Ken Lang is a seasoned detective and true crime author. His book Walking Among the Dead is available in paperback and on Kindle. Keep up with him on Twitter @detkenlang.

Ken shares more about his faith and discusses police shows, why we kill, and his latest book. Read part one here.

Have you ever wanted to quit and find another line of work?

Yes… after 22 years of working as a police officer/detective, I must admit that the crime and violence has worn on me.

Recently, while recovering from a medical procedure that incapacitated me for 6 weeks, I got a taste of working from home.  During that time I was able to finish my first book and work on getting it published. I must say that I really enjoyed working from home and being with the family more.

On the other hand, I have reached 20 years of service with my current agency and am eligible to retire on a 50% retirement.  Considering I am only 43 years in age, I am looking to change directions in my career.  Perhaps when I finish my Master’s degree I will teach criminal justice courses in a college setting.  But with all the book ideas that I’ve come up with, I must confess that sitting on my deck and writing is awfully inviting.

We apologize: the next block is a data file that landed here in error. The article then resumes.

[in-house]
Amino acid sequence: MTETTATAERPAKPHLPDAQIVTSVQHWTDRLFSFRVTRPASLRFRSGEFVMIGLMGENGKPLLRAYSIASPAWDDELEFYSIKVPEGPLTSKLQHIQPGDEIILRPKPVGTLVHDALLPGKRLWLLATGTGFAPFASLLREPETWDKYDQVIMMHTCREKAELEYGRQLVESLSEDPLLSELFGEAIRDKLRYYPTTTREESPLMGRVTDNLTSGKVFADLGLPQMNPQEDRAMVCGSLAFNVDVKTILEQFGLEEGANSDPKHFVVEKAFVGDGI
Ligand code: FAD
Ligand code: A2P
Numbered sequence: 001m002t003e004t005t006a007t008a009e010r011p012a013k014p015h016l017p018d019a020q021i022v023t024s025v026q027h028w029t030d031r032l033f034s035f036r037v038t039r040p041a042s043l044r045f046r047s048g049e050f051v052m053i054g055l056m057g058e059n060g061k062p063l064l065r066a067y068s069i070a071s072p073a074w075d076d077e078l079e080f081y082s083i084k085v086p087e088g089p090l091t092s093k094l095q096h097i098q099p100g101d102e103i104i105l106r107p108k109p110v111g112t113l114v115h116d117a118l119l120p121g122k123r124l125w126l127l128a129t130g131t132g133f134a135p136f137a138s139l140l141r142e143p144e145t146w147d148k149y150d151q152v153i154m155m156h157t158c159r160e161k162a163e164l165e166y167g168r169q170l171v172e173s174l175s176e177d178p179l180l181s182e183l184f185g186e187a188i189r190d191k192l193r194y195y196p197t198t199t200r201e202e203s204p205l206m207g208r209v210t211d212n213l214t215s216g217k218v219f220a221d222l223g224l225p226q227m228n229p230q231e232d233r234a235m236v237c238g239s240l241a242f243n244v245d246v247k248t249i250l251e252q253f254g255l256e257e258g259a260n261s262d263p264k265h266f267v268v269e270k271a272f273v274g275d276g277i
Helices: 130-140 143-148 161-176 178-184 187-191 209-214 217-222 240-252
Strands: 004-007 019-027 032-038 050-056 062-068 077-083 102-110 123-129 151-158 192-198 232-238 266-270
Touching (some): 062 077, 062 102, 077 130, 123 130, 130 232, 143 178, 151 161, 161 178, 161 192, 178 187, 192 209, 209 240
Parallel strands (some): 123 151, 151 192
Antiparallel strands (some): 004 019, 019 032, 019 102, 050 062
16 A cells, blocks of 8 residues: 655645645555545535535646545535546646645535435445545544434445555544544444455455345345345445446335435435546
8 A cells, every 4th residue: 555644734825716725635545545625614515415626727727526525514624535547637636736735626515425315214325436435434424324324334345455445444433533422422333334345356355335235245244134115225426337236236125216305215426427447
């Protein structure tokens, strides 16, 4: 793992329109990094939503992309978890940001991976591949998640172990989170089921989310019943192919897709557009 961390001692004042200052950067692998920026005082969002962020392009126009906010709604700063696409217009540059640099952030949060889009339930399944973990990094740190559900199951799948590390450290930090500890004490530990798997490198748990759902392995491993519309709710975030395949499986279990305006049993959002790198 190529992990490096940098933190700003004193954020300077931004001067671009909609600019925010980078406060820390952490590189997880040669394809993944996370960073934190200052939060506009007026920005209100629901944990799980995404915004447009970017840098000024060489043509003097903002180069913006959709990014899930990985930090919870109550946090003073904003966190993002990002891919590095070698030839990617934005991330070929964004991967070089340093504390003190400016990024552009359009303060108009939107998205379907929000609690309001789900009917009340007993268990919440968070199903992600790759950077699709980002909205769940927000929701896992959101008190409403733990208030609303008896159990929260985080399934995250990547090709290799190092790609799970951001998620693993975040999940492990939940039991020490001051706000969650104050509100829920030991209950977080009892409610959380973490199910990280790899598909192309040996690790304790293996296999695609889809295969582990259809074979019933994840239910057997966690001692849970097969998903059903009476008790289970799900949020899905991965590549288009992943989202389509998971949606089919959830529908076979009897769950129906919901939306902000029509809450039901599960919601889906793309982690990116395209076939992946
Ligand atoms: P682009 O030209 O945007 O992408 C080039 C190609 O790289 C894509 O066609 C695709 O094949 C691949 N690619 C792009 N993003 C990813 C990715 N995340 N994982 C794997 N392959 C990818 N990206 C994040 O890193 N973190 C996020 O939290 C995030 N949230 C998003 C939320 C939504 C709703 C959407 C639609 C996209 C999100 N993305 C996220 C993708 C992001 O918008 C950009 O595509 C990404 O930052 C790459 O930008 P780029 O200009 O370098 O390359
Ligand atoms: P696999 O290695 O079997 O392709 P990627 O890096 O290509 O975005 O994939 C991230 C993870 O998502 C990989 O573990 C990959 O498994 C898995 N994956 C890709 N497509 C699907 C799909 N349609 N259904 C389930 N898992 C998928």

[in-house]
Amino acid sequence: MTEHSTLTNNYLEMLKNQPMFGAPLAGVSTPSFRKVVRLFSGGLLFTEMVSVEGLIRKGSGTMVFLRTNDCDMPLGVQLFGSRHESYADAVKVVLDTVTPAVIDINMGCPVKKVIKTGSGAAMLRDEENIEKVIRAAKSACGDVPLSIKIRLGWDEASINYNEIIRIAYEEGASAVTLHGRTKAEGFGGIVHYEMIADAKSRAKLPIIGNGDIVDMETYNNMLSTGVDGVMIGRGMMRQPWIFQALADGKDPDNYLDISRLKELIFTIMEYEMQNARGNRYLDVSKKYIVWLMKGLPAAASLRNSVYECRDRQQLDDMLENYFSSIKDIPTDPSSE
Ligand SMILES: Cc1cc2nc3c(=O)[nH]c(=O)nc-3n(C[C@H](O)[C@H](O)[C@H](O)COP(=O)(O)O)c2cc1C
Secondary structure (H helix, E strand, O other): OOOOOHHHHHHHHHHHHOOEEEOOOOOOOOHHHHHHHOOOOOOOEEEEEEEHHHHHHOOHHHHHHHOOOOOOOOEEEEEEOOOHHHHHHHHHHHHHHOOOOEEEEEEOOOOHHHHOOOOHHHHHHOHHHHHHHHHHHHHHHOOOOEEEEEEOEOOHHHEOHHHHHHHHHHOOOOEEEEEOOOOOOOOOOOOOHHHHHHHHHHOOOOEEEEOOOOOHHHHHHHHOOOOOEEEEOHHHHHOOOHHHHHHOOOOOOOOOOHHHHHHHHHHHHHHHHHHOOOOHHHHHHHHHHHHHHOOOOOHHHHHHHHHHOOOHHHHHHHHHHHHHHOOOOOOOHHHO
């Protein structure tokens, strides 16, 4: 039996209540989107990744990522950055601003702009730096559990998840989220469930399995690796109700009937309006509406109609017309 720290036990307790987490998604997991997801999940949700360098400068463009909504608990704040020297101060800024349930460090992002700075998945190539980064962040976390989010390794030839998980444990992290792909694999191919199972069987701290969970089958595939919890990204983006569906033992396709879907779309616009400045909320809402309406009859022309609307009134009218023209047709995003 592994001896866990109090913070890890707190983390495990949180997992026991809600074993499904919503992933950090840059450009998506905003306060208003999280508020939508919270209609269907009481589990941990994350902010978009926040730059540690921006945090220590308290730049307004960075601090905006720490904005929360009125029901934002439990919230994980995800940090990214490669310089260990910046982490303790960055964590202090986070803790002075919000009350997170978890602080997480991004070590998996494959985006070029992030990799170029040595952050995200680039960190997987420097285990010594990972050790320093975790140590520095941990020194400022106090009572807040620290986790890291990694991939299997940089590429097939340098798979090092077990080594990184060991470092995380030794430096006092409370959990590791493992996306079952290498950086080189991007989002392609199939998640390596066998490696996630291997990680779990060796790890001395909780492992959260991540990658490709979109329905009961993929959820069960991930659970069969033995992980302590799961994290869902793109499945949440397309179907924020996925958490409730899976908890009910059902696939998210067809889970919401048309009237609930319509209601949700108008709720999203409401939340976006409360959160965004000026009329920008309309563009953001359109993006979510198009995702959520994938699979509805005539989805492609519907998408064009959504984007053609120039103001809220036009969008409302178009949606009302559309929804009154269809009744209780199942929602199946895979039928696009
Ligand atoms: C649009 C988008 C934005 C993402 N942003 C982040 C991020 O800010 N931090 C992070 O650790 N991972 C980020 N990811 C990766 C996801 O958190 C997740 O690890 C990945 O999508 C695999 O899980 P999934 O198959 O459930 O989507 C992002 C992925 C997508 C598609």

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Ken Lang is a seasoned detective and true crime author. His book Walking Among the Dead is available in paperback and on Kindle. Here is the second part of the interview with Ken Lang.

How did you become a homicide detective?

Actually, upon joining the police department, my aspiration was to become a homicide detective.  After cutting my teeth in patrol, I applied to become a precinct level detective, investigating crimes that did not fall under a specialized unit.  With my sights set on working murders, I knew I would need to work at headquarters in order to gain the exposure and experience to even be considered for such a unit.  Having completed two years of detective work at the precinct level, I applied to the Criminal Investigation Division (CID) and was selected to work Sex Crimes.  I worked in that unit for 3 years before moving over to the Robbery Unit that is responsible for investigating commercial robberies.  Commercial robberies often have a tendency to turn violent (i.e. victim is stabbed or shot), so I was selected to attend the Francis Lee Glessner School at the Office of the Chief Medical Examiner; a required training school for homicide detectives in our agency.  Just a few years after completing this school, several positions became available in the Homicide Unit.  I applied and was selected.

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